Selecting Carbon Black for Paints, Coatings and Inks

Selecting Carbon Black for Paints, Coatings and Inks
Posted by bnui7uibnui7ui on 2021/09/06
Selecting Carbon Black for Paints, Coatings and Inks

    Selecting Carbon Black for Paints, Coatings and Inks

    Adding carbon black (CB) particles to elastomeric polymers is essential to the

successful industrial use of rubber in many applications, and the mechanical reinforcing effect of CB in rubber has been

studied for nearly 100 years. Despite these many decades of investigations, the origin of stiffness enhancement of elastomers

from incorporating nanometer-scale CB particles is still debated. It is not universally accepted whether the interactions

between polymer chains and CB surfaces are purely physical adsorption or whether some polymer–particle chemical bonds are

also introduced in the process of mixing and curing the CB-filled rubber compounds. We review key experimental observations

of rubber reinforced with CB, including the finding that heat treatment of CB can greatly reduce the filler reinforcement

effect in rubber. The details of the particle morphology and surface chemistry are described to give insights into the nature

of the CB–elastomer interfaces. This is followed by a discussion of rubber processing effects, the influence of CB on

crosslinking, and various chemical modification approaches that have been employed to improve polymer–filler interactions

and reinforcement. Finally, we contrast various models that have been proposed for rationalizing the CB reinforcement of

elastomers. 

    Natural rubber composite has been continuously developed due to its advantages such as a good combination of strength and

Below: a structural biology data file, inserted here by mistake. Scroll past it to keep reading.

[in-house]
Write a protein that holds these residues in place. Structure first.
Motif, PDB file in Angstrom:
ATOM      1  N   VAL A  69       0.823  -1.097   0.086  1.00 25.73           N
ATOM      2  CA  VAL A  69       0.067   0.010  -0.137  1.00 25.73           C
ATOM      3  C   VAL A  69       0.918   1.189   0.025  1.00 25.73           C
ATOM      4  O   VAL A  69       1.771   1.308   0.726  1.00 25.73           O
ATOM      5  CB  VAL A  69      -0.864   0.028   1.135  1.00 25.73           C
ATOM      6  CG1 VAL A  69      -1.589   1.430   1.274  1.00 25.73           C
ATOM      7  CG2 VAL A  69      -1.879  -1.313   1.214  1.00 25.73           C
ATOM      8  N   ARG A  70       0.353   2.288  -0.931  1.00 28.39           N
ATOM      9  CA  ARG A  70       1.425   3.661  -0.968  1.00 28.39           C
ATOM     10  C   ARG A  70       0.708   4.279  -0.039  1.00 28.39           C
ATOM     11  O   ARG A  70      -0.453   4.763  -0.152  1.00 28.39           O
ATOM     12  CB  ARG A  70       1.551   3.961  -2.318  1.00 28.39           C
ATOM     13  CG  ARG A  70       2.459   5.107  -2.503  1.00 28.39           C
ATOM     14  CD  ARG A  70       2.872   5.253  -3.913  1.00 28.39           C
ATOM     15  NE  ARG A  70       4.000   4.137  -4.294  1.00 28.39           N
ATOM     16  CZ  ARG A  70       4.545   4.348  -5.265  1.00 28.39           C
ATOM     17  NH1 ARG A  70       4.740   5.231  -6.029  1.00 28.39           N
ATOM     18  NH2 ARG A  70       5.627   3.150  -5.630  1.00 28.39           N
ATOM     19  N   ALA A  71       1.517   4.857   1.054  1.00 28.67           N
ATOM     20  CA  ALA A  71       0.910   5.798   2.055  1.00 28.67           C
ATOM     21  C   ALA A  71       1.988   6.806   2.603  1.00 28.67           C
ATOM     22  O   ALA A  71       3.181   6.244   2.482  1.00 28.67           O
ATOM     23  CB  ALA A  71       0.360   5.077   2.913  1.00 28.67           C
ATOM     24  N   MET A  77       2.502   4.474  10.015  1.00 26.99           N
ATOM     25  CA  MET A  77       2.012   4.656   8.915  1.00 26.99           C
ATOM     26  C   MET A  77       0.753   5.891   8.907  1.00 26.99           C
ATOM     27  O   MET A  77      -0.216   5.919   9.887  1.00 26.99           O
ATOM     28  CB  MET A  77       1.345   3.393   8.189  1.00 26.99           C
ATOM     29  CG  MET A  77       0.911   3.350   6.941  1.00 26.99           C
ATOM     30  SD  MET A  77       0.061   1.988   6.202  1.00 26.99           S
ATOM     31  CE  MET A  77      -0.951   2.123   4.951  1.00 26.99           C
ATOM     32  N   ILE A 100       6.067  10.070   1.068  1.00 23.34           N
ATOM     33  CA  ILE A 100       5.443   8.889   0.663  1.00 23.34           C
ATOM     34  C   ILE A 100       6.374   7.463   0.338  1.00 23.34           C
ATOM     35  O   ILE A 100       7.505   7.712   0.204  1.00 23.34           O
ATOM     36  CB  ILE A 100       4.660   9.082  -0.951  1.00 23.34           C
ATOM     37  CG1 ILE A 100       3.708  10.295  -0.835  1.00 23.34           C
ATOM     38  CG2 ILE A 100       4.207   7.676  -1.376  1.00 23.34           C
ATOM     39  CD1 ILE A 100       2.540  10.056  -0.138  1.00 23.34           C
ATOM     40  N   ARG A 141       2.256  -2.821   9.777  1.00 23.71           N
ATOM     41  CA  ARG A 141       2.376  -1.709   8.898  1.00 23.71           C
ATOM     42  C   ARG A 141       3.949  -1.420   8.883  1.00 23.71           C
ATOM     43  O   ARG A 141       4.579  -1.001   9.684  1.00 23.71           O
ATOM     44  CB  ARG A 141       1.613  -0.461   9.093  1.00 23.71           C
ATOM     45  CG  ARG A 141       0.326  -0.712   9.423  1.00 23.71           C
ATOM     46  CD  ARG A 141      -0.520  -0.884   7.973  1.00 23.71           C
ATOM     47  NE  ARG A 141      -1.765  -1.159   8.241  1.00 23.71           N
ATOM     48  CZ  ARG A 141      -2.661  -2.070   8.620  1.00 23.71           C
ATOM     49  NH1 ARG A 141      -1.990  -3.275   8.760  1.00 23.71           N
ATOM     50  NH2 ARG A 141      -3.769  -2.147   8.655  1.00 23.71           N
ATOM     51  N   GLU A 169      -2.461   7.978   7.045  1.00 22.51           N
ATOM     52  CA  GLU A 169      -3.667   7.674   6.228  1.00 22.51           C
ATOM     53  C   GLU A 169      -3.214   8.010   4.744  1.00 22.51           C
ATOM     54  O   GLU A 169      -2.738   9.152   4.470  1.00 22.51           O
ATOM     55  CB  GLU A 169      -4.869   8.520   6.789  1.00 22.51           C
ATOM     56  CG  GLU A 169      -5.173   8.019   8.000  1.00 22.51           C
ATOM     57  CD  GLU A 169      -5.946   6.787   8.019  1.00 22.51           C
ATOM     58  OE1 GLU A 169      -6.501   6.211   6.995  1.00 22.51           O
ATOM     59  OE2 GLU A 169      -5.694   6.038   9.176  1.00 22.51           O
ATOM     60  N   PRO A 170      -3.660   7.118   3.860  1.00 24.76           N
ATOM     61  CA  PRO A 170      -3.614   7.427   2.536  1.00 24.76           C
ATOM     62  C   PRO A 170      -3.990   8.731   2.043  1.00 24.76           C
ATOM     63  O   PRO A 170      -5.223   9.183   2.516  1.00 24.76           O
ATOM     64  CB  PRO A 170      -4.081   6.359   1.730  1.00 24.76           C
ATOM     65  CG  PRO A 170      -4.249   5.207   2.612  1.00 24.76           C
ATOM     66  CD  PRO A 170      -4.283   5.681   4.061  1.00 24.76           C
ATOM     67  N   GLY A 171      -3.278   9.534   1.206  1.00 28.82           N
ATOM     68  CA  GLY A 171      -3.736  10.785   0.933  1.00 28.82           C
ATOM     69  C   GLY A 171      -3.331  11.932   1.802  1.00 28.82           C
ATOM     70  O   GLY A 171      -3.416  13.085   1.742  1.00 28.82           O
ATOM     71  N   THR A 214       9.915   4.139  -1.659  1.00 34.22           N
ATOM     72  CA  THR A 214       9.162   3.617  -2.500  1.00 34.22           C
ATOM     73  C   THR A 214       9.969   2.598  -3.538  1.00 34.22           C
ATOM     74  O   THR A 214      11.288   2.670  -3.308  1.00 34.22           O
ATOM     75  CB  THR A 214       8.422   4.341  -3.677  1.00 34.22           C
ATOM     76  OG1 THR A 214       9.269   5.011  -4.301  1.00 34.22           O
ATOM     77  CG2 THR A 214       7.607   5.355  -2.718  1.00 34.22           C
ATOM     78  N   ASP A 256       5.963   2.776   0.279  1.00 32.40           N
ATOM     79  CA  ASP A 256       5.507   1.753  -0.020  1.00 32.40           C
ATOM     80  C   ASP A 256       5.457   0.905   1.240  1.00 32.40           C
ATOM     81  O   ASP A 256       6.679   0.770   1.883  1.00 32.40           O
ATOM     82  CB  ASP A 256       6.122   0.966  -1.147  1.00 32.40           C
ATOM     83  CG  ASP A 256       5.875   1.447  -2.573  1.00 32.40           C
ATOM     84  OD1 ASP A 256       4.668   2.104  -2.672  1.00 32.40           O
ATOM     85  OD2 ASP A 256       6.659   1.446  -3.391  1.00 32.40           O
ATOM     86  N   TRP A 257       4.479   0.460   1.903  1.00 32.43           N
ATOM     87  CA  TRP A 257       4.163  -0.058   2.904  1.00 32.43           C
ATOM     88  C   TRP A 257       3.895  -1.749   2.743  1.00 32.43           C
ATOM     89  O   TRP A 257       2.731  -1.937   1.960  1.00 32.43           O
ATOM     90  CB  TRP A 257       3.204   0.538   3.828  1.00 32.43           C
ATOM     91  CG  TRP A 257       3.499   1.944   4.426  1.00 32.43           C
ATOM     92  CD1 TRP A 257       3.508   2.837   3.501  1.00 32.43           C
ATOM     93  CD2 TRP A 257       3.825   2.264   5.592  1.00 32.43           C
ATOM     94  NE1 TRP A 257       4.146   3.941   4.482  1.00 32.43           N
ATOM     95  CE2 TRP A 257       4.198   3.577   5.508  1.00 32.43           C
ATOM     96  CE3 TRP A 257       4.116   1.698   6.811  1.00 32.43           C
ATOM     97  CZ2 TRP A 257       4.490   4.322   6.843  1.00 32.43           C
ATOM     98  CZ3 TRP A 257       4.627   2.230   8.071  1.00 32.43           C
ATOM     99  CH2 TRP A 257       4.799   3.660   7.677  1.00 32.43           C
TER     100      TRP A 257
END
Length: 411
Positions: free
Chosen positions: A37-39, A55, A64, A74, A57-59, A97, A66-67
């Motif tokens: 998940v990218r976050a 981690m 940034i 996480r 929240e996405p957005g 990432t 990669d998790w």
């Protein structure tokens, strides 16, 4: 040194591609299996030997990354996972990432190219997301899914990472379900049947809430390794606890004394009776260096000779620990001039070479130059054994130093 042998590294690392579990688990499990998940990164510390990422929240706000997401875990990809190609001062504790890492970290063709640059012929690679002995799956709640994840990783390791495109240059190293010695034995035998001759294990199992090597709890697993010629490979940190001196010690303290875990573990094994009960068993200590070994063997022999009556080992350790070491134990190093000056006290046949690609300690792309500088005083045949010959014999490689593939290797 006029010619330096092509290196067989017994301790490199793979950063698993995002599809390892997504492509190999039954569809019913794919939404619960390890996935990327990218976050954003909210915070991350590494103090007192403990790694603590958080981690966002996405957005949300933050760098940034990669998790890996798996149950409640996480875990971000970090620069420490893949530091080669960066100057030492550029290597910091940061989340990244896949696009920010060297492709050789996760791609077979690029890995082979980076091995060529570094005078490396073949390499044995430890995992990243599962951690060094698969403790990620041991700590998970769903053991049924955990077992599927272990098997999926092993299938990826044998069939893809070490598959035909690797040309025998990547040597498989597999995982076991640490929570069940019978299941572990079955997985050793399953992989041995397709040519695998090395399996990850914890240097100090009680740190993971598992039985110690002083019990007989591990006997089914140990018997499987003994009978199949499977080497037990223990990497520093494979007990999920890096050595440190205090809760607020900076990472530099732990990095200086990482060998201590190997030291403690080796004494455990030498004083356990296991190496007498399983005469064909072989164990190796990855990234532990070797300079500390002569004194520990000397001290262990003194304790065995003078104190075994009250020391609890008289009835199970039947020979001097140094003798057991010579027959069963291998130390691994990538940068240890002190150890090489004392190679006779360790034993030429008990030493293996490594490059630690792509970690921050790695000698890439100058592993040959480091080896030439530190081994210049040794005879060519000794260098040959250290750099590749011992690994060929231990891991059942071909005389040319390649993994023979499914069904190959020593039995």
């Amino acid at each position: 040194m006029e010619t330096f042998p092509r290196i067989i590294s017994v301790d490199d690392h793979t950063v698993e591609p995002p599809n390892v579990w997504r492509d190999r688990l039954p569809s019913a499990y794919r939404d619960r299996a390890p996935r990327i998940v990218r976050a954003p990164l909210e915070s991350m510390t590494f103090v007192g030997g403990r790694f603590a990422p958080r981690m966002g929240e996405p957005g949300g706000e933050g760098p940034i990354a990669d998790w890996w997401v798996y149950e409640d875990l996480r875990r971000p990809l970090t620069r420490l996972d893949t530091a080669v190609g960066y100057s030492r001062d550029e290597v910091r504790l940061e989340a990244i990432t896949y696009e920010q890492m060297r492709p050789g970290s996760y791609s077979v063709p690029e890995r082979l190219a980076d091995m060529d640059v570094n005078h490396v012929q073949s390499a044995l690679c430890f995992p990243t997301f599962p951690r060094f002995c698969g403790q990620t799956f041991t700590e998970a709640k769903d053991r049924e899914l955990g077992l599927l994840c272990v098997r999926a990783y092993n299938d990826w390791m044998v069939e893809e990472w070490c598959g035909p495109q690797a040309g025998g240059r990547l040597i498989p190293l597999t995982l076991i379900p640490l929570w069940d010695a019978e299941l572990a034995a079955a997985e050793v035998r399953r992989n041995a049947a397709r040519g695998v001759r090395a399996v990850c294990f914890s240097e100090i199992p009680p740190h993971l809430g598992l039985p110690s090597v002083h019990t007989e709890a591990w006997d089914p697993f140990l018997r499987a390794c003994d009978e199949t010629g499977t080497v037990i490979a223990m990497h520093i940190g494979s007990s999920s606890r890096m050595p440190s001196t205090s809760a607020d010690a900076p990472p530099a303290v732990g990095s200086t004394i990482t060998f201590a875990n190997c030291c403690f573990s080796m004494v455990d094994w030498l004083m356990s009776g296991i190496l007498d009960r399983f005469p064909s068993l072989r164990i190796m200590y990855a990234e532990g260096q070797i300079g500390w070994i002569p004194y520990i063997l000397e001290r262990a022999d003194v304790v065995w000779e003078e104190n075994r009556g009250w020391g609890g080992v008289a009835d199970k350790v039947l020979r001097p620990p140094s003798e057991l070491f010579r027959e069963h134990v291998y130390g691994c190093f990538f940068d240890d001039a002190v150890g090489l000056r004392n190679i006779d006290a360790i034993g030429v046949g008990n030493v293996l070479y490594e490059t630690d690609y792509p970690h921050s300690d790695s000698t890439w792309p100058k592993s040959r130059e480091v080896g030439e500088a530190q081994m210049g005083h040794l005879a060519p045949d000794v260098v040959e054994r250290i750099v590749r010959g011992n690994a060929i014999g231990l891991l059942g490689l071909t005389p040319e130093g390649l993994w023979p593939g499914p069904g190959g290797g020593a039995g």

damping property. Most of carbon black (CB)/Natural Rubber (NR) composite were used as material in tyre industry. The

addition of CB in natural rubber is very important to enhance the strength of natural rubber. The particle loading and

different structure of CB can affect the composite strength. The effects of CB particle loading of 20, 25 and 30 wt% and the

effects of CB structures of N220, N330, N550 and N660 series on tensile property of composite were investigated. The result

shows that the tensile strength and elastic modulus of natural rubber/CB composite was higher than pure natural rubber. From

SEM observation the agglomeration of CB aggregate increases with particle loading. It leads to decrease of tensile strength

of composite as more particle was added. High structure of CB particle i.e. N220 resulted in highest tensile stress. In fact,

composite reinforced by N660 CB particle shown a comparable tensile strength and elastic modulus with N220 CB particle. SEM

observation shows that agglomeration of CB aggregates of N330 and N550 results in lower stress of associate NR/CB composite.

    Carbon black is a highly engineered form of carbon widely used in paints as paint carbon black, coatings and inks to achieve a spectrum ranging from gray to deep

black. Over the time, the properties of carbon black pigment have been modified to achieve required properties in the final

product, such as increased tinting strength, improved the level of jetness or blue undertone and conductivity.

    Explore the different carbon black production processes and the properties to consider while selecting the right carbon

black for your formulations.

    Properties and End-uses of Carbon Black


    Carbon black is used in many products and articles we use and see around us on a daily basis, such as: rubbers, plastics,

coatings, tires, ink carbon clack.

    Thus, the requirements for the carbon black are different for each application and influence the specific properties in

the final application.

    For the coating carbon blacks market,

there is a wide range of carbon black grades available. This can make it difficult to choose the most suitable carbon black

for your final application. For example, when aiming for automotive paint with a blue undertone, the carbon black of choice

will have a high jetness. However, normally these types of carbon black grades are the most difficult to disperse correctly

into the desired particle size.

    The carbon black producers are addressing these issues by developing specialty carbon black grades that have been